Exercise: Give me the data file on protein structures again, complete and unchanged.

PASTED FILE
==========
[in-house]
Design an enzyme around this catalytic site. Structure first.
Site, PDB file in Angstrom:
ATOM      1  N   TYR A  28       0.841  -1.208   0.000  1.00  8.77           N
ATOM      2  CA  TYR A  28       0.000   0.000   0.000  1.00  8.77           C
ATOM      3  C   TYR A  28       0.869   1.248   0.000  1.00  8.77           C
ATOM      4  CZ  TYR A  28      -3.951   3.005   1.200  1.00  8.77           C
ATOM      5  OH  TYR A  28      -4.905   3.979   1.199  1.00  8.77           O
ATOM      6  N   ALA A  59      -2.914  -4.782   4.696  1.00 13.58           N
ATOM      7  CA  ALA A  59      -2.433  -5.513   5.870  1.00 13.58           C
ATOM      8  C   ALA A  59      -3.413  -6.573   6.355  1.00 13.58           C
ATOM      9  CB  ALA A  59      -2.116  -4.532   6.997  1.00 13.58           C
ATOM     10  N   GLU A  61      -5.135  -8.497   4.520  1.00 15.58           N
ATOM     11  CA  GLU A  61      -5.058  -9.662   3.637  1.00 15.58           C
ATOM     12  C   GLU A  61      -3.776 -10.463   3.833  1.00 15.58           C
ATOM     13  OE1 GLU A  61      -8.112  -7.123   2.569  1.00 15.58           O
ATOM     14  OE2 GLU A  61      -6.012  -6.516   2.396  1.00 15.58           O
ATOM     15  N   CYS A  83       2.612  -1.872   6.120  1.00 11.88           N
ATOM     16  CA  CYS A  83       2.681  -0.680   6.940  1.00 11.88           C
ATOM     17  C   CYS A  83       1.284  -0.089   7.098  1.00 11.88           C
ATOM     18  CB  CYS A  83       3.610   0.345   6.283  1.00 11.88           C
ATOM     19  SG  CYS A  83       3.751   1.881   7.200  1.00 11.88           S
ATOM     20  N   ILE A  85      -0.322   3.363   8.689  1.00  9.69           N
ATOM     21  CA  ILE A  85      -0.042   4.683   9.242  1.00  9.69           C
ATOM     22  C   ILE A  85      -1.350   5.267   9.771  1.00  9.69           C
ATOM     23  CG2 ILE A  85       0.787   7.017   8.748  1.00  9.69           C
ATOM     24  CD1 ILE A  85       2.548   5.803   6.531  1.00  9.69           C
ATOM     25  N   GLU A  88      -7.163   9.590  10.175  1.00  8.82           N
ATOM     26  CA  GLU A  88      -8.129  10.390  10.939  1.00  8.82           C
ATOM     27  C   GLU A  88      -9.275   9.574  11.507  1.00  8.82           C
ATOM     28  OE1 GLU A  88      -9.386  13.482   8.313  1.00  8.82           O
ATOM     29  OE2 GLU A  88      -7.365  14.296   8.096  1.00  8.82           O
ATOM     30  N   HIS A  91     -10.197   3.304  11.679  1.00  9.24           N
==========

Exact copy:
[in-house]
Design an enzyme around this catalytic site. Structure first.
Site, PDB file in Angstrom:
ATOM      1  N   TYR A  28       0.841  -1.208   0.000  1.00  8.77           N
ATOM      2  CA  TYR A  28       0.000   0.000   0.000  1.00  8.77           C
ATOM      3  C   TYR A  28       0.869   1.248   0.000  1.00  8.77           C
ATOM      4  CZ  TYR A  28      -3.951   3.005   1.200  1.00  8.77           C
ATOM      5  OH  TYR A  28      -4.905   3.979   1.199  1.00  8.77           O
ATOM      6  N   ALA A  59      -2.914  -4.782   4.696  1.00 13.58           N
ATOM      7  CA  ALA A  59      -2.433  -5.513   5.870  1.00 13.58           C
ATOM      8  C   ALA A  59      -3.413  -6.573   6.355  1.00 13.58           C
ATOM      9  CB  ALA A  59      -2.116  -4.532   6.997  1.00 13.58           C
ATOM     10  N   GLU A  61      -5.135  -8.497   4.520  1.00 15.58           N
ATOM     11  CA  GLU A  61      -5.058  -9.662   3.637  1.00 15.58           C
ATOM     12  C   GLU A  61      -3.776 -10.463   3.833  1.00 15.58           C
ATOM     13  OE1 GLU A  61      -8.112  -7.123   2.569  1.00 15.58           O
ATOM     14  OE2 GLU A  61      -6.012  -6.516   2.396  1.00 15.58           O
ATOM     15  N   CYS A  83       2.612  -1.872   6.120  1.00 11.88           N
ATOM     16  CA  CYS A  83       2.681  -0.680   6.940  1.00 11.88           C
ATOM     17  C   CYS A  83       1.284  -0.089   7.098  1.00 11.88           C
ATOM     18  CB  CYS A  83       3.610   0.345   6.283  1.00 11.88           C
ATOM     19  SG  CYS A  83       3.751   1.881   7.200  1.00 11.88           S
ATOM     20  N   ILE A  85      -0.322   3.363   8.689  1.00  9.69           N
ATOM     21  CA  ILE A  85      -0.042   4.683   9.242  1.00  9.69           C
ATOM     22  C   ILE A  85      -1.350   5.267   9.771  1.00  9.69           C
ATOM     23  CG2 ILE A  85       0.787   7.017   8.748  1.00  9.69           C
ATOM     24  CD1 ILE A  85       2.548   5.803   6.531  1.00  9.69           C
ATOM     25  N   GLU A  88      -7.163   9.590  10.175  1.00  8.82           N
ATOM     26  CA  GLU A  88      -8.129  10.390  10.939  1.00  8.82           C
ATOM     27  C   GLU A  88      -9.275   9.574  11.507  1.00  8.82           C
ATOM     28  OE1 GLU A  88      -9.386  13.482   8.313  1.00  8.82           O
ATOM     29  OE2 GLU A  88      -7.365  14.296   8.096  1.00  8.82           O
ATOM     30  N   HIS A  91     -10.197   3.304  11.679  1.00  9.24           N